Americans have used the Fourth of July to celebrate independence since the beginning of the nation.

Black Americans have also used the holiday as a reminder to white Americans that they, too, deserved equality, said Jonathan Lande, an assistant professor of history at Purdue.

New York abolished slavery in 1827. That year, black Americans celebrated their newly found freedom with enthusiasm.

“From that day forward, as historian Shane White discovered, Black Americans began to see the holiday as a political moment to show their fitness for citizenship,” Lande wrote in an article for the Washington Post page “Made in History” in 2020.

Americans have celebrated Independence Day differently depending on their backgrounds. It is a “contested holiday,” Lande said.

Many Black Americans during this time would celebrate July Fourth, not by looking to the past and seeing what the nation was or its accomplishments, Lande said, but by looking at the principles in the Declaration of Independence and celebrating what the country could be.

This aspirational perspective led many Black Americans to use it to advocate for change and push for equality.

“Black abolitionists organized celebrations, mixing commonplace traditions,” Lande wrote, “such as reading the Declaration of Independence to venerate the founders, with demonstrations critical of slavery and racism.”

In 1852, former slave Frederick Douglas gave a commemoration of the Fourth of July titled “What, to the American slave, is your 4th of July?” He answered, “A day that reveals to him, more than all other days in the year, the gross injustice and cruelty to which he is the constant victim. To him, your celebration is a sham; your boasted liberty, an unholy license; your national greatness, swelling vanity; your sounds of rejoicing are empty and heartless.”

Douglas still had hope for the country. To him, the constitution was still a document in which he believed, which held principles of equality he hoped to see for Black Americans.

“Black Americans were being pushed off the streets in South Carolina because they were trying to celebrate July Fourth,” Lande said. In the 1830s and 1840s, Black Americans sparsely celebrated the holiday for that reason.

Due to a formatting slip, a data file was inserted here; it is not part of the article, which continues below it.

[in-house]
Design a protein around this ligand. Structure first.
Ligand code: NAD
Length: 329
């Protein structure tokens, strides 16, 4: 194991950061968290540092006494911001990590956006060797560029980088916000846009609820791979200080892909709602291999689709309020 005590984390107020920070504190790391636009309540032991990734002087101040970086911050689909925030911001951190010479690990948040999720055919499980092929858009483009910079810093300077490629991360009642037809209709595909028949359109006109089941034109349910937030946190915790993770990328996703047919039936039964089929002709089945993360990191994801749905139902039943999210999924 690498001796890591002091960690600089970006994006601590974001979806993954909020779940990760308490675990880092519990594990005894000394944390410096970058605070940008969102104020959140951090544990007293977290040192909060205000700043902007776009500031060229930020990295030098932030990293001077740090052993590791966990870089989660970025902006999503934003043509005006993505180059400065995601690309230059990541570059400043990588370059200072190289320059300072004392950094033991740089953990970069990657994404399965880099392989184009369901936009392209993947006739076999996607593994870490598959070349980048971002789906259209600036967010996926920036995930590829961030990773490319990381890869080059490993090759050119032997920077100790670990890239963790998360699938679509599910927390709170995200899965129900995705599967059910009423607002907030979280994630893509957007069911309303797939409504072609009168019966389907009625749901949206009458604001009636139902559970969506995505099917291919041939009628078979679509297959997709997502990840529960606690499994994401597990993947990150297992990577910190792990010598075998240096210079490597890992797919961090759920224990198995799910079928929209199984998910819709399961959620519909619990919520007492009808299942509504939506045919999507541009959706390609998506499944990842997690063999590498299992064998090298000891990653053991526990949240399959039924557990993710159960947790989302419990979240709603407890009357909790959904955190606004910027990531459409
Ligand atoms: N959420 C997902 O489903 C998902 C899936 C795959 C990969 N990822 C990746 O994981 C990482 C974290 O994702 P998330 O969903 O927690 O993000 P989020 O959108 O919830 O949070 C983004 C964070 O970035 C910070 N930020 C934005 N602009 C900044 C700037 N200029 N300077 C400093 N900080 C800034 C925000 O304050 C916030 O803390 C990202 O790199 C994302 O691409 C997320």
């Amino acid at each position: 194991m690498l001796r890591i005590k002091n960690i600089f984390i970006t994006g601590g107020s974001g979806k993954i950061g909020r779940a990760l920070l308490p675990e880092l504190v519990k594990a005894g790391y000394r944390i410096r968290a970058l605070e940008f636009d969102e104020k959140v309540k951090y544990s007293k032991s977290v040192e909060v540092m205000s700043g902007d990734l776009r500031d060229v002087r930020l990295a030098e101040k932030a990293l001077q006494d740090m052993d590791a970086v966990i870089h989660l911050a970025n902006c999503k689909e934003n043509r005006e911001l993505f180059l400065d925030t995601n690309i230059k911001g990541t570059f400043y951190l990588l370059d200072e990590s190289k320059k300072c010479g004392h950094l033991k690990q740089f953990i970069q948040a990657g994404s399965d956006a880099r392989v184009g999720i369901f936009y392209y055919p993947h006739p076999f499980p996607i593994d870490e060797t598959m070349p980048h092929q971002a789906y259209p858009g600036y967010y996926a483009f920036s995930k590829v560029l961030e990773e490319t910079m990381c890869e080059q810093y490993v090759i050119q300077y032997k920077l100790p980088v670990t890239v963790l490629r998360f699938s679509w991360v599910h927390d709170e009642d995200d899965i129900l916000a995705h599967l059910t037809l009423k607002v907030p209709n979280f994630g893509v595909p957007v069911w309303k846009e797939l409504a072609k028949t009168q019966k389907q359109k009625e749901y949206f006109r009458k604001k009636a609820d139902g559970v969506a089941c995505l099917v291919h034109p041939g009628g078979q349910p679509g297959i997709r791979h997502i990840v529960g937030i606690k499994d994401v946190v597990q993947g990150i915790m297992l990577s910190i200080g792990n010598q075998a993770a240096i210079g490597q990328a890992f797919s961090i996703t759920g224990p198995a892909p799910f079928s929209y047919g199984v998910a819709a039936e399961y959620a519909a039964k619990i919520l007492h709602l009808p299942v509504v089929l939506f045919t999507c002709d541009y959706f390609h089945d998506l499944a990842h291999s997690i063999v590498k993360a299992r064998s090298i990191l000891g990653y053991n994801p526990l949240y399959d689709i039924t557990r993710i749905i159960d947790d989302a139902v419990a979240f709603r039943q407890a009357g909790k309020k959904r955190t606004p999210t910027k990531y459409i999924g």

As the movement grew, abolitionists consistently used the Fourth of July as a day to advocate for equality and to reconcile what was reality in America during that time.

“While the abolitionist calendar included celebrations of Emancipation Day and August First to mark major victories in the abolitionist movement,” Lande wrote, “the famed abolitionist William Wells Brown saw the abolitionist festivals of American independence to be ‘the most important meetings held during the year.’”

Lande continued to highlight the hope of Black Americans then.

“Even if the country had a long way to go before it mirrored the nation they yearned to live in,” Lande wrote, “Douglass, (formerly enslaved New Yorker Sojourner Truth) and Brown believed July Fourth offered a perfect opportunity to acknowledge the flaws that needed to be eradicated.”

In the 20th century, more cynicism around the holiday grew, according to Cornelius Bynum, director of African American studies and a Purdue professor of history.

Abolition at the end of the Civil War in 1865 gave many Black Americans hope for equality, but as time passed into the 20th century, African Americans began viewing the Fourth of July with “a certain jaundice or side eye,” Bynum said.

Black Americans still believed in the principles of the declaration, but as time went on since abolition, black Americans saw the principles of equality therein were not being expanded to include them.

Fighting against fascism during the world wars with a Jim Crow military seemed ironic, Bynum said.

While Black Americans used the Fourth of July to fight for civil rights less during this time than during the Civil War, the use of the holiday did not disappear completely.

Just because they were cynical, Bynum said, does not mean they did not have hope.

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